Consequences: CDC's Opioid Prescribing Guidelines
The Centers for Disease Control and Prevention (CDC) plans to release it's new opioid prescribing guidelines next month. A formal objection is being filed to prevent the implementation of the guidelines which would limit a primary care physician from prescribing opioid pain medication. PROP, Physicians for Responsible Opioid Prescribing has been a major influence in the drafting of the guidelines. Anti-opioid groups, prescription drug abuse centers and those with other influences have also played behind the scenes roles.
The Center for Disease Control claims the new guidelines were drafted to help alleviate the supposed opioid and overdose epidemic, but also admits that there is low quality evidence to support it's recommendations. The development was kept from the public, without consideration for comment, and bypassed steps normally taken in the process of implementation. Only a select handful were privileged to information important to all of us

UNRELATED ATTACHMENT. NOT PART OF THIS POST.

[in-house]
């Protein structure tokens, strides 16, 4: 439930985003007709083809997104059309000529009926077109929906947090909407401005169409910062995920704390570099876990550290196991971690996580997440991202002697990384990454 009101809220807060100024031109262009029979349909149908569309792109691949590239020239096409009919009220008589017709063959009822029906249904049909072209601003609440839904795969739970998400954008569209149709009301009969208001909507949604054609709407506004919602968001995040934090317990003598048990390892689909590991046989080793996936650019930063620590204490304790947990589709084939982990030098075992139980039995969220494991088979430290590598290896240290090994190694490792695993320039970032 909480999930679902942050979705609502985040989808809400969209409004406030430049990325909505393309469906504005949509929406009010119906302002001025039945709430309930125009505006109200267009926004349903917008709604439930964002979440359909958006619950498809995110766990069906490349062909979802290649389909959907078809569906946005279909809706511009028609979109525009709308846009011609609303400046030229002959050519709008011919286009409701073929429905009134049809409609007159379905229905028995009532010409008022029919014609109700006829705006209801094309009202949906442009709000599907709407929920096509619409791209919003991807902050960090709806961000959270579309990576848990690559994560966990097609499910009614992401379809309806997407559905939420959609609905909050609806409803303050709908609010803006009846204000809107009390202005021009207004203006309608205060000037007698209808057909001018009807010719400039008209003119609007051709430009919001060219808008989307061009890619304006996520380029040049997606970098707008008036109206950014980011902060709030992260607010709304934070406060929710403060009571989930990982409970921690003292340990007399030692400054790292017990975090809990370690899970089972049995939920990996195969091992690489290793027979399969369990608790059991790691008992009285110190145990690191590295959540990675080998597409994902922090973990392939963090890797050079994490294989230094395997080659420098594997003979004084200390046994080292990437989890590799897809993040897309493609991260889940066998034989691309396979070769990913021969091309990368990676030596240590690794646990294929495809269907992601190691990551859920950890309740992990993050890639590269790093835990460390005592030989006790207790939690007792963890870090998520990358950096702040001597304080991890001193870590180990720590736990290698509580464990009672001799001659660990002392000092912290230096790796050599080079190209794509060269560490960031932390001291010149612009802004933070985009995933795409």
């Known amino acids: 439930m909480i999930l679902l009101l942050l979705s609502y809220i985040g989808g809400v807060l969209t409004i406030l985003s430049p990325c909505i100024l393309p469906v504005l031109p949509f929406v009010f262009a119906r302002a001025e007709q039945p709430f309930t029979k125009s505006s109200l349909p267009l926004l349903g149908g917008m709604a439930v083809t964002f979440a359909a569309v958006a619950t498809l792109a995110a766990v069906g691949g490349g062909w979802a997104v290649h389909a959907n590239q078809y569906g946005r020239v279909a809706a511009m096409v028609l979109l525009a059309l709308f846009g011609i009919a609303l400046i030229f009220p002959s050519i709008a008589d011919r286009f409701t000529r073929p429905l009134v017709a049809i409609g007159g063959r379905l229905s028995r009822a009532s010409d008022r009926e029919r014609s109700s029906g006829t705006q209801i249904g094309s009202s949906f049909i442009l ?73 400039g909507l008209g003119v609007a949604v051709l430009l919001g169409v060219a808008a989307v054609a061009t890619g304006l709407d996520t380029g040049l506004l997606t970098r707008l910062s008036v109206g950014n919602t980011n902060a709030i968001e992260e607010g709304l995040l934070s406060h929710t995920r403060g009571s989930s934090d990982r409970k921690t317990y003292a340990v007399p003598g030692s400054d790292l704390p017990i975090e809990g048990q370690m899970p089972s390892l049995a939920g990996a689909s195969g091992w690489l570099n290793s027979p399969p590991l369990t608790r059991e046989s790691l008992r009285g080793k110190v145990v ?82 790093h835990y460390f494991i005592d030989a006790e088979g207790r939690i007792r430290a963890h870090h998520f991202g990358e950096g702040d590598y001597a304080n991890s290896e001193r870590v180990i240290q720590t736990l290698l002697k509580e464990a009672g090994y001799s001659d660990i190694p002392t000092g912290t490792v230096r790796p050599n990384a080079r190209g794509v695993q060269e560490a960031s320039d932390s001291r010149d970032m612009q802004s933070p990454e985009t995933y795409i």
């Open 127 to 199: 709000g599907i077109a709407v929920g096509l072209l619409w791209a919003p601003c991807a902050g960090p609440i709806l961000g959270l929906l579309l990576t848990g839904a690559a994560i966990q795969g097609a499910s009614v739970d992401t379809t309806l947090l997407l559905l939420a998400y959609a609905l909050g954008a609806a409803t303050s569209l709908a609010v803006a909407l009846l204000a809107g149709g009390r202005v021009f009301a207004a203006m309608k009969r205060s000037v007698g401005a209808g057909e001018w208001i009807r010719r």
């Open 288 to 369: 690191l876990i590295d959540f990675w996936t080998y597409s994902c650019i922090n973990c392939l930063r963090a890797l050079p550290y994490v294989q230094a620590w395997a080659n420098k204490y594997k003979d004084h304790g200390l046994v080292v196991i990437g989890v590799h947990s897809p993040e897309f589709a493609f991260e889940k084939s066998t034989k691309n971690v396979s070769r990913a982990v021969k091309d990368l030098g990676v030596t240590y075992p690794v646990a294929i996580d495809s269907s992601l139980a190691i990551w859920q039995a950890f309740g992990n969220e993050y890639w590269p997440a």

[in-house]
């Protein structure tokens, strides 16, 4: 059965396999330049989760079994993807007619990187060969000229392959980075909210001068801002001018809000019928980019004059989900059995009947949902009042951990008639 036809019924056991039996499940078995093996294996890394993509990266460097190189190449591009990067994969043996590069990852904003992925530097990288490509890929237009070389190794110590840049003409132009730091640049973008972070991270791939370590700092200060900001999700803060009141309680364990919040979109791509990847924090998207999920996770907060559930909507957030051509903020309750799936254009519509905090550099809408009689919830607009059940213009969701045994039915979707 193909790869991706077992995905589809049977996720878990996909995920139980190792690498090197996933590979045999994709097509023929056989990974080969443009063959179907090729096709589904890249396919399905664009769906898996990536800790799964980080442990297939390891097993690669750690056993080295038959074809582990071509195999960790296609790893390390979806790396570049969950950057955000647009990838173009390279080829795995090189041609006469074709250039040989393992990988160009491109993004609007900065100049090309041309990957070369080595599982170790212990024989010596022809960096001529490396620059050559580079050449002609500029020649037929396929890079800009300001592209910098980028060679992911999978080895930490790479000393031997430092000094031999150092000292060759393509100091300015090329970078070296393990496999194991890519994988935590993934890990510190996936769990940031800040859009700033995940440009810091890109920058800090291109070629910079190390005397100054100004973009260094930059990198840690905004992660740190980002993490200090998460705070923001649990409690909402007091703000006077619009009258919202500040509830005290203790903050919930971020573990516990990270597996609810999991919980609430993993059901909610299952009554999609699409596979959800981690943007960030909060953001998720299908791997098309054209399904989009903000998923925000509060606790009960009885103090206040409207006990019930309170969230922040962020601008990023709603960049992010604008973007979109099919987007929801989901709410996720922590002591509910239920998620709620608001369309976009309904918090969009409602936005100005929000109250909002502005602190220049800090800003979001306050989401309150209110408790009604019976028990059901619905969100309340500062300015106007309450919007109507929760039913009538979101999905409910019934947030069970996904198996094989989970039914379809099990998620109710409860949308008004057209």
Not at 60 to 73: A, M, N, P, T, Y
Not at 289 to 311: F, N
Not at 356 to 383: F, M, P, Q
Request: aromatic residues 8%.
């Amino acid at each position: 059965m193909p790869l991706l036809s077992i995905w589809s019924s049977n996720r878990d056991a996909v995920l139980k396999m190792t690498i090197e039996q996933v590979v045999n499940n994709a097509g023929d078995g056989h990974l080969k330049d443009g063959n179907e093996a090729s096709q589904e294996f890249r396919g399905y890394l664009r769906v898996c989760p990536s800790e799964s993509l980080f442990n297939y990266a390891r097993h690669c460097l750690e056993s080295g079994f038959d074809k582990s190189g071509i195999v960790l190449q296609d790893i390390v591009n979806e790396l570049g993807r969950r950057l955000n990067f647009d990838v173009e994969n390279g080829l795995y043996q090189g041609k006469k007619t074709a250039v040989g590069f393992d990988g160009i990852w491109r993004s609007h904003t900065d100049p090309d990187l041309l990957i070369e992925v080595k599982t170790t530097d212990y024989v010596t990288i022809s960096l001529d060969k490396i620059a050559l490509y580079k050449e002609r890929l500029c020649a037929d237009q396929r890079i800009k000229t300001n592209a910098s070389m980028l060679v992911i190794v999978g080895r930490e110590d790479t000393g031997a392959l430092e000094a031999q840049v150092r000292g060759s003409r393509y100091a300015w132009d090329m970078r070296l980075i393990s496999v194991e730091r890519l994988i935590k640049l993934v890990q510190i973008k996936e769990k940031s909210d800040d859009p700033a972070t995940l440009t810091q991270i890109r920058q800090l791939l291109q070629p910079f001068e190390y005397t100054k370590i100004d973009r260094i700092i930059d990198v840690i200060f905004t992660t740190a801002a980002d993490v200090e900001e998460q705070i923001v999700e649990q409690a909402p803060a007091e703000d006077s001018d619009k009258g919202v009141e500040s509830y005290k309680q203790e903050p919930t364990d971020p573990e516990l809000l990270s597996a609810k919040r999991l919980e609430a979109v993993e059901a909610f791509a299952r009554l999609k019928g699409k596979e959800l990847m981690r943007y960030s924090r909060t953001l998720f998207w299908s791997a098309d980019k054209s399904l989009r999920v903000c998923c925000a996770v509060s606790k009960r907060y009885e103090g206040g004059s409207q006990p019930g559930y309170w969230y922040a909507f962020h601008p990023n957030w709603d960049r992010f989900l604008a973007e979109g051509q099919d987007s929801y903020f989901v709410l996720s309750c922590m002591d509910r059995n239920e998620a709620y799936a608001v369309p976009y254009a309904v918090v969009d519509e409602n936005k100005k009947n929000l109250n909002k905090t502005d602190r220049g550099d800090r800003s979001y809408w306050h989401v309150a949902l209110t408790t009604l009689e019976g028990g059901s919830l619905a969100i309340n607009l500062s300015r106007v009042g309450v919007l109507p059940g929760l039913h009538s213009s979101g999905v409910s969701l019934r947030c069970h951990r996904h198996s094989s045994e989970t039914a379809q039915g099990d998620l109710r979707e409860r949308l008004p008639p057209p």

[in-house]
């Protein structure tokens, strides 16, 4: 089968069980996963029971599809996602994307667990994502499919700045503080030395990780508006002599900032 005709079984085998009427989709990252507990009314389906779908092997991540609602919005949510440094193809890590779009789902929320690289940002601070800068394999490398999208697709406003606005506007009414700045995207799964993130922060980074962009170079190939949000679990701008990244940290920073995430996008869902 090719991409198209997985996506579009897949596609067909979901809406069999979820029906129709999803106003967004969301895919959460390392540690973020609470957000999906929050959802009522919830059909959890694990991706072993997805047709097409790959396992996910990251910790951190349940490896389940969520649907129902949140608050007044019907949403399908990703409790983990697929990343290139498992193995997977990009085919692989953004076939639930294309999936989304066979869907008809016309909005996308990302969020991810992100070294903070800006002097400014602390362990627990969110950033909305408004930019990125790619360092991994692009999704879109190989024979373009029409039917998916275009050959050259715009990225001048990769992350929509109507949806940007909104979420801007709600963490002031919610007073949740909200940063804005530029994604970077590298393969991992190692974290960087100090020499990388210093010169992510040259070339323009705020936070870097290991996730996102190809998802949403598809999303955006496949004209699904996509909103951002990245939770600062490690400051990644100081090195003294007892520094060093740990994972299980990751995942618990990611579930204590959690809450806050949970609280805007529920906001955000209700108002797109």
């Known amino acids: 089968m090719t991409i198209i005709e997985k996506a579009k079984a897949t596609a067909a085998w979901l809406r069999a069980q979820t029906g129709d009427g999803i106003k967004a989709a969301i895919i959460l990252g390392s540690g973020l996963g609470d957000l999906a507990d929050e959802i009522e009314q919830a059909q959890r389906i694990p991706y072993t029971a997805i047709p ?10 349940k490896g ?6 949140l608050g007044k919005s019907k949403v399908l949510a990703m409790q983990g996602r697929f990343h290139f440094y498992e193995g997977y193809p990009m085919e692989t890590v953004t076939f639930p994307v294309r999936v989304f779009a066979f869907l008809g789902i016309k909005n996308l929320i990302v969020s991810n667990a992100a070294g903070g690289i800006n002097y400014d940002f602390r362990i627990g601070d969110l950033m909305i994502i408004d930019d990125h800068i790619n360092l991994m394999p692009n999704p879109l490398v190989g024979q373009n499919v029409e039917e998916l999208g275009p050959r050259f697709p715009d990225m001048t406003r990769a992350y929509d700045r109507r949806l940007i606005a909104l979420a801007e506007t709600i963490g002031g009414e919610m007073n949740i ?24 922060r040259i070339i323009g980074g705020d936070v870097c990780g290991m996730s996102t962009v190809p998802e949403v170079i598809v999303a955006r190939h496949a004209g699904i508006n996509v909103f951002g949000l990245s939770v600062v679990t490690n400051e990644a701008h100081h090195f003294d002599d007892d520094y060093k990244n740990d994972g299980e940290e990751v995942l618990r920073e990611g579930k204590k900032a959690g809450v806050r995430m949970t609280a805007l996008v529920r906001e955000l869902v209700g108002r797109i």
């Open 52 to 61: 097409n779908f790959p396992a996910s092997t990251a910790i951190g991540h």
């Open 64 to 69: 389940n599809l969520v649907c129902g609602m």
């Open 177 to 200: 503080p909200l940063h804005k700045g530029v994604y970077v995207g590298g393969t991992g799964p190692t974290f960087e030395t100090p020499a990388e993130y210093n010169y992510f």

A webinar was held in September and I was on the list of attendee's to join, complications arose on their side and potential participants were unable to be involved after all. The Pain News Network has been reporting since the the Draft was made public. It's recent article Fed Panel Opposes CDC Opioid Guidelines will bring you further up to date.
The CDC needs to work on disease control instead of controlling the physician-patient standard of care. PROP needs to stop presuming their group is more knowledgeable than their colleagues. patients who will no longer have access to pain care will be diverted to substance abuse clinics. This will not be a situation of unintended consequences when the intent preceded the consequences that are sure to follow.
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